A day in the life of the Duskes

Family has a productive spring day

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WAVERLY, Minn. — Three generations of the Duske family worked together to face the challenge of a busy day of spring fieldwork and farm chores May 13 near Waverly.

Garret Duske was joined by his dad, Cliff Duske, uncle, Keith Duske, and cousin, Nathaniel Farber, on the beautiful 75-degree day.

“Family, I can trust, and they know what I expect out of them,” Garret Duske said. “It’s fun to work with family. You are not guaranteed tomorrow, so you just enjoy the day with them.

Duske and his wife, Amber, have four children, Emmit, Hazel, Colton and Charlotte. The family milks 96 cows on the farm that was started by Duske’s grandfather, Herb, in the 1930s.

Cliff and Keith took ownership in 1970. Duske started taking over the farm from his dad and uncle in 2005.

The Duskes raise bull calves to 400 pounds and farm close to 500 acres.

“My passion is to be hands on with the animals and stuff on the farm,” Duske said. “I like being there. We have been blessed in more ways than I can imagine with what we have.”

The day’s plan May 13 was orchestrated by Duske while doing the morning milking.

“Either the night before or during the morning milking, I am already planning out my day and what I should try to get done,” Duske said. “I usually finalize it when I am milking in the morning.”

Shortly after milking was complete, Duske mixed feed while Keith, Emmit and Farber arrived.

Keith cleaned the barn and then started his day in the field, which included spraying pre-emergent herbicides on soybeans. Farber fed calves and then worked with Emmit to feed the total mixed ration to the cows.

Emmit, a freshman at Howard Lake-Waverly-Winsted High School, took the day off from school to plant corn and soybeans.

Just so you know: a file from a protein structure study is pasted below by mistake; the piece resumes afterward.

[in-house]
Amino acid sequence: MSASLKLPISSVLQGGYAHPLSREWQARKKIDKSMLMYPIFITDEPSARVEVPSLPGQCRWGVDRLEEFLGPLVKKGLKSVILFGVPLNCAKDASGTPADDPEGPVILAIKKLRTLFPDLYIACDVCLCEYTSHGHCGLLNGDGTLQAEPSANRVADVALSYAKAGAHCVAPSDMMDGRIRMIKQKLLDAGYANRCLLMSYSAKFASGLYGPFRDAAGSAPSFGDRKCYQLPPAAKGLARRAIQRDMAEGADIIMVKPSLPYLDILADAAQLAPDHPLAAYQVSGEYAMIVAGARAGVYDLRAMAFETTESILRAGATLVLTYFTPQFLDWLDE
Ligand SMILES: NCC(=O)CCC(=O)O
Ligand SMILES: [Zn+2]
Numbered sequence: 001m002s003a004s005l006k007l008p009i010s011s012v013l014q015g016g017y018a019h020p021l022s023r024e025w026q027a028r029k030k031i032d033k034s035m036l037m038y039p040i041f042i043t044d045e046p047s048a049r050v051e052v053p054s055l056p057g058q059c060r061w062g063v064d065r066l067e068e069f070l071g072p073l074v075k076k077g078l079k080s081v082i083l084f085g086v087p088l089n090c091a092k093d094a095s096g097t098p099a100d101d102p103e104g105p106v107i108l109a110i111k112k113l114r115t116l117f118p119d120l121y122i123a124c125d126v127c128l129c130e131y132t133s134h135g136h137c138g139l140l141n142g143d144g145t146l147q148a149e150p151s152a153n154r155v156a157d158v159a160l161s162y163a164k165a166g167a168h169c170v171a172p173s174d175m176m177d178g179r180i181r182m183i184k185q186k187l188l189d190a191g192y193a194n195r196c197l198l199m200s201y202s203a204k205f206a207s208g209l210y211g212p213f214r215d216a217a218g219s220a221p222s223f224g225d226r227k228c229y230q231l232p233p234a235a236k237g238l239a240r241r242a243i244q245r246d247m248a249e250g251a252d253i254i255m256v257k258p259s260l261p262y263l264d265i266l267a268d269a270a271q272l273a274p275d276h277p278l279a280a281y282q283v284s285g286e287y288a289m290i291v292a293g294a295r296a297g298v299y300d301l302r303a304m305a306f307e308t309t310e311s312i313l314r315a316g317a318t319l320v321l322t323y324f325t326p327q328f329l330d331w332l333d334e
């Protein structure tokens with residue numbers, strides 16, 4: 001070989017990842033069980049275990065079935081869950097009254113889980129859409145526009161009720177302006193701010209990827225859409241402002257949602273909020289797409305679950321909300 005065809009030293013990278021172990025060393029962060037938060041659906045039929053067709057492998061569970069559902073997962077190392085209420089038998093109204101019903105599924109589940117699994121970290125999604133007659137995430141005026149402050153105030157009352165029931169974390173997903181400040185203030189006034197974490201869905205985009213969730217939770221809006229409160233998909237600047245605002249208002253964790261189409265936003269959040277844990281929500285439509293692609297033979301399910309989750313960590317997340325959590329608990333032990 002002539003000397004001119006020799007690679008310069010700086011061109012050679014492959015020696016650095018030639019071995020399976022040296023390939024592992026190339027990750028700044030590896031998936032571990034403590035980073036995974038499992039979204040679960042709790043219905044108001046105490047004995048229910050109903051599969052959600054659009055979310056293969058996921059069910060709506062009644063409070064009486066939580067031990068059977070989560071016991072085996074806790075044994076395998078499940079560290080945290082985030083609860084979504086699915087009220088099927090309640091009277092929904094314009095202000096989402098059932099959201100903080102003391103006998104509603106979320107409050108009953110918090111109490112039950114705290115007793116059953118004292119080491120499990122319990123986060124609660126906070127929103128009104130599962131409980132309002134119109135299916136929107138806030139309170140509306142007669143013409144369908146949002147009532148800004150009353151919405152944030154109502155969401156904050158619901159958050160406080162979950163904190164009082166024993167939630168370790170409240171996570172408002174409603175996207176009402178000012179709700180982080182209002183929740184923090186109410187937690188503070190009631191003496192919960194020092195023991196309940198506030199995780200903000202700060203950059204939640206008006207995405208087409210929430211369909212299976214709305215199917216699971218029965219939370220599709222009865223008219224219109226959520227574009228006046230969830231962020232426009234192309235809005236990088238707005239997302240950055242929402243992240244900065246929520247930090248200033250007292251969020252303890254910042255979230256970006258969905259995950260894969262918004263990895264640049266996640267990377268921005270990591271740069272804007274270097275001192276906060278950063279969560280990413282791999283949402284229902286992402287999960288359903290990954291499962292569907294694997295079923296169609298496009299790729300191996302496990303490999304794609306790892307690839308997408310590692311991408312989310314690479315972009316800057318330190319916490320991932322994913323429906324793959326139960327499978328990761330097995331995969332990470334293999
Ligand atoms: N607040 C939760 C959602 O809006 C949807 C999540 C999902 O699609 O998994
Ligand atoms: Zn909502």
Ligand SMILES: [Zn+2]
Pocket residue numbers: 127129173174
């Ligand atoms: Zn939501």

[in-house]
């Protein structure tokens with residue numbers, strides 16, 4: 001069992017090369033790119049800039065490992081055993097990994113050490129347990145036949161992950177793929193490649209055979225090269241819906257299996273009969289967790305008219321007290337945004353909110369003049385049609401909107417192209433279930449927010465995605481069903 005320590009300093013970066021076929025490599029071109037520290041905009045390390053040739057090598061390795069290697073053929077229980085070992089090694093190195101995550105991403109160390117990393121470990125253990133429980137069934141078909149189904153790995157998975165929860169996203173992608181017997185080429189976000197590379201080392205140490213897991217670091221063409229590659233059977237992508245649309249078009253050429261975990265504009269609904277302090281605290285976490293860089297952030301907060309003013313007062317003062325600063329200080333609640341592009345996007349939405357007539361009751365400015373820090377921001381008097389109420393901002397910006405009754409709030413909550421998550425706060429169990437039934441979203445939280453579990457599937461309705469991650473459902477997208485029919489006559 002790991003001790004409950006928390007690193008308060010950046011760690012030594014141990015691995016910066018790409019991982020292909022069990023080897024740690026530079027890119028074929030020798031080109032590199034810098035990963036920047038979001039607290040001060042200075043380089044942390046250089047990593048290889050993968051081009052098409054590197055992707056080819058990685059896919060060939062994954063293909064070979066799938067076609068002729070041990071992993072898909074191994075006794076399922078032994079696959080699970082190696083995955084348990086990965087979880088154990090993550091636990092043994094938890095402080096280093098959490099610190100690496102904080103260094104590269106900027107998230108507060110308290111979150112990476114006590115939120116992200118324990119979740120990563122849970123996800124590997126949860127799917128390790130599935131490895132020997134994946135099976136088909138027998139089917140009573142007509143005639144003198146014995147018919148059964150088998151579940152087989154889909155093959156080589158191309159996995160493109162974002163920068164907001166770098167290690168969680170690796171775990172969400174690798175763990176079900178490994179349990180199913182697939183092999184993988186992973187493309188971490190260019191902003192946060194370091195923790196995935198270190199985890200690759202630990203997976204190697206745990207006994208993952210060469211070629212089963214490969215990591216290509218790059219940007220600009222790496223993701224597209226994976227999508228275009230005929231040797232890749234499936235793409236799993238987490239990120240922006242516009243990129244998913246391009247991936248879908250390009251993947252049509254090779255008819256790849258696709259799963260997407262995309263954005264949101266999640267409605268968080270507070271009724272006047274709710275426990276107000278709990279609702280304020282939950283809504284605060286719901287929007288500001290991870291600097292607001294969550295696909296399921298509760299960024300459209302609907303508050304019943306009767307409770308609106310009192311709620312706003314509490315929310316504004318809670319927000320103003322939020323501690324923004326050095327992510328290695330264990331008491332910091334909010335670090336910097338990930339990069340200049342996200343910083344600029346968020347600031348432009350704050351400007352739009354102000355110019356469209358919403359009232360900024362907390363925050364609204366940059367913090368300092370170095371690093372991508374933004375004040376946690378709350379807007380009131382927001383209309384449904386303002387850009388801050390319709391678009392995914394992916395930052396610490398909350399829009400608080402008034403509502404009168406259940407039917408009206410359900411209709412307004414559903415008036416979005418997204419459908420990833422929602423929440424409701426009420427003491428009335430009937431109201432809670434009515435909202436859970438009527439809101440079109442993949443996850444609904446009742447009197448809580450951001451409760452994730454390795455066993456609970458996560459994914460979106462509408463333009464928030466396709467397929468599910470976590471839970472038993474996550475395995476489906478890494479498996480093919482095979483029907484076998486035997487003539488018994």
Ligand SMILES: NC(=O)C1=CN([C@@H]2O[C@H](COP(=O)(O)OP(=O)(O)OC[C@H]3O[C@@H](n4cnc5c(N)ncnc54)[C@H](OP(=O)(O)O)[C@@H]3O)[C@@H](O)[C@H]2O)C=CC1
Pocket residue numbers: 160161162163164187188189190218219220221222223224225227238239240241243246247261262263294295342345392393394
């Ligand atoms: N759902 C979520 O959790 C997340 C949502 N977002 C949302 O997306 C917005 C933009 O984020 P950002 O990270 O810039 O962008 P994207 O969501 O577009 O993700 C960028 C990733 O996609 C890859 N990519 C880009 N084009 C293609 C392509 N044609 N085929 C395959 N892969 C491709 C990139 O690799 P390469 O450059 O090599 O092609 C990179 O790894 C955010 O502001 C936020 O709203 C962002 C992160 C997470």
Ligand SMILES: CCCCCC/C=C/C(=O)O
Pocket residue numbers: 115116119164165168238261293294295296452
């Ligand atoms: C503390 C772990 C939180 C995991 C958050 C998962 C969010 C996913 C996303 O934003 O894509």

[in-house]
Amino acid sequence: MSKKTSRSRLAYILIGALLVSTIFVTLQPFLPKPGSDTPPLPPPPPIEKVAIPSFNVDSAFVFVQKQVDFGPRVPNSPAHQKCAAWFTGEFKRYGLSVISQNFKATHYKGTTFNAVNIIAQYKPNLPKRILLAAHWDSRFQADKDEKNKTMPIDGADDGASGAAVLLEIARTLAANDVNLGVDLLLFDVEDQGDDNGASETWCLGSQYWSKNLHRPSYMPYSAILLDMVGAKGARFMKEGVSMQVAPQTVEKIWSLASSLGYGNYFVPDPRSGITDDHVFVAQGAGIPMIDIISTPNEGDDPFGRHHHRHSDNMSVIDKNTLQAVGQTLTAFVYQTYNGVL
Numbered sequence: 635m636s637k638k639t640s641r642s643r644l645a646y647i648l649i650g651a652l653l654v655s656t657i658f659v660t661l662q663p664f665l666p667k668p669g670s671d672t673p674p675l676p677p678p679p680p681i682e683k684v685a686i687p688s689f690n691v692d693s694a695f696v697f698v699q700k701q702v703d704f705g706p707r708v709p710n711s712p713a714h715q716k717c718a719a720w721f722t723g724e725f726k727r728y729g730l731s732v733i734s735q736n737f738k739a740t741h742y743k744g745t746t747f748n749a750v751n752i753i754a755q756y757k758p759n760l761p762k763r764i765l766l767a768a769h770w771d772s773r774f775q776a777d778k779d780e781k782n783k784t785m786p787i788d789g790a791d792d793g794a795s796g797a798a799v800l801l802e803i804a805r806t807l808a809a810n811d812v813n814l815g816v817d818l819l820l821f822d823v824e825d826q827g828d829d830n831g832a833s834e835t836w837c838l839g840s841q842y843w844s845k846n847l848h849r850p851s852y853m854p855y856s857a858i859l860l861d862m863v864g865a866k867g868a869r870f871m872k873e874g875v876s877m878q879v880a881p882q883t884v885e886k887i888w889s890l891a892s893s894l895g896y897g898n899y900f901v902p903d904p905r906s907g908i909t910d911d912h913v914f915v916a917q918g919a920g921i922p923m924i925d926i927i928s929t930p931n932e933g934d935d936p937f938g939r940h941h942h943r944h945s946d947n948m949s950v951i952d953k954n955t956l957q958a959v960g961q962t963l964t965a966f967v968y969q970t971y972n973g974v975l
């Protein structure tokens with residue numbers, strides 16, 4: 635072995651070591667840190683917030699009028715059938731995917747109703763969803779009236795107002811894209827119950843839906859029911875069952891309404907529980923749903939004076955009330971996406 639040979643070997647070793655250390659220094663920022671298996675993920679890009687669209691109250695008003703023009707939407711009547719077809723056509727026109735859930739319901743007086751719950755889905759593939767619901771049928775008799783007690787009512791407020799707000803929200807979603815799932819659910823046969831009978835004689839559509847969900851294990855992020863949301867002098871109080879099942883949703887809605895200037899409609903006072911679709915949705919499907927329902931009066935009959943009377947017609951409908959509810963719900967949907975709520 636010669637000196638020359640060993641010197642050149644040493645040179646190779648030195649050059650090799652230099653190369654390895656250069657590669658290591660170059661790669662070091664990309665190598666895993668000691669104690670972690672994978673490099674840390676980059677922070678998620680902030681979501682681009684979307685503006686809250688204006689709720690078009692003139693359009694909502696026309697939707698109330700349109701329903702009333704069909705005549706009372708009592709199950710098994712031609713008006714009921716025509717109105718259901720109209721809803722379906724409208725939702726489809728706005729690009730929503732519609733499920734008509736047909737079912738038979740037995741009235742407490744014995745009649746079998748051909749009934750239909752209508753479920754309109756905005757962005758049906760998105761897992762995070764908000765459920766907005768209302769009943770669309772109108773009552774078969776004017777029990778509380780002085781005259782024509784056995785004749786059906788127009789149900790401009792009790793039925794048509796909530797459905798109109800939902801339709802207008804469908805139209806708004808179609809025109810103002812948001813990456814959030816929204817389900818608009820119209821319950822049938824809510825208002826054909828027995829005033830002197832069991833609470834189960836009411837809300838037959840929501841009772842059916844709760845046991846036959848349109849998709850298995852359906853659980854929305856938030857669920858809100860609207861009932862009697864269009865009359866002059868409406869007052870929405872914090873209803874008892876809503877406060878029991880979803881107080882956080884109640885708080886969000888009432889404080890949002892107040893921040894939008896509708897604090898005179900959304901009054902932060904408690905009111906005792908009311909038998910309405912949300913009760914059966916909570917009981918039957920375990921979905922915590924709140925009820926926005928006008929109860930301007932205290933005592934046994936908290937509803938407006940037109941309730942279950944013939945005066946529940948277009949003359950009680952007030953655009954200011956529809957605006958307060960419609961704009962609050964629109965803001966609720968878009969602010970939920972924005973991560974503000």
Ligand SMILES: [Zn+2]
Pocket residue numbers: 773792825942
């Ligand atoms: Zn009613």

Emmit has taken on a greater role with fieldwork since Cliff broke five toes in a farm accident. Emmit cleaned up the 12-row planter and then filled the seed boxes with his dad.

When the father-son team added liquid fertilizer, they faced the first adversity of the day. The hose broke on the fertilizer tank, and fertilizer sprayed on Duske’s arms and legs.

“That was a sticky mess,” Duske said.

Once the hose was mended, they finished filling the planter. Emmit went to the field to begin planting, and Duske went home to take a shower.

“I’d rather let everybody else drive the tractors while I stay on the farm because I know what has to be done there,” Duske said.

Farber, a college student at Southwest Minnesota State University, helps full time during the summer and part time during the school year. He helped finish calf chores before cleaning off and greasing the cultivator.

Cliff arrived around 10:30 a.m., and he and Farber sharpened the blades on the lawn mower before Cliff mowed lawn.

Once the tractors were humming in the field, Duske and Farber grabbed their lunch, loaded the skid loader and went to cut trees and move branches off the edges of a field several miles from the farm. Duske said last year’s harvest was diminished because of the trees.

By 3 p.m., Duske and Farber were home, and they started working on evening chores.

Once Hazel, Colton and Charlotte got off the bus, they walked across a 10-acre field to the farm with Amber to help with evening chores.

Farber fed cows and heifers and got ready to start milking.

Amber helped bring in fresh cows and helped Farber and Duske milk in the L-shaped barn. Duske has modified the barn with tunnel ventilation, new mats and larger stalls.

“That paid for itself in one year and makes us a lot of money every year,” Duske said. “I sell 20-30 heifers because I don’t need them.”

Charlotte helped care for chickens and calves, and Hazel helped milk and did chicken chores.

By 6 p.m., the busyness of the day was over.

Emmit finished planting 70 acres of corn and 20 acres of soybeans. Keith sprayed close to 120 acres of soybeans.

“It’s a regular, productive day,” Duske said. “From last Friday to Monday, we’ve had a lot of productive days. It was nice to keep moving without any major breakdowns.”

By late afternoon, plans switched to off-farm activities. Keith had a track meet to attend, Emmit went fishing, and Duske, Amber, Hazel, Colton and Charlotte went home for supper.

“I try to get started earlier in the morning so people can have their afternoons,” Duske said. “It works pretty good.”

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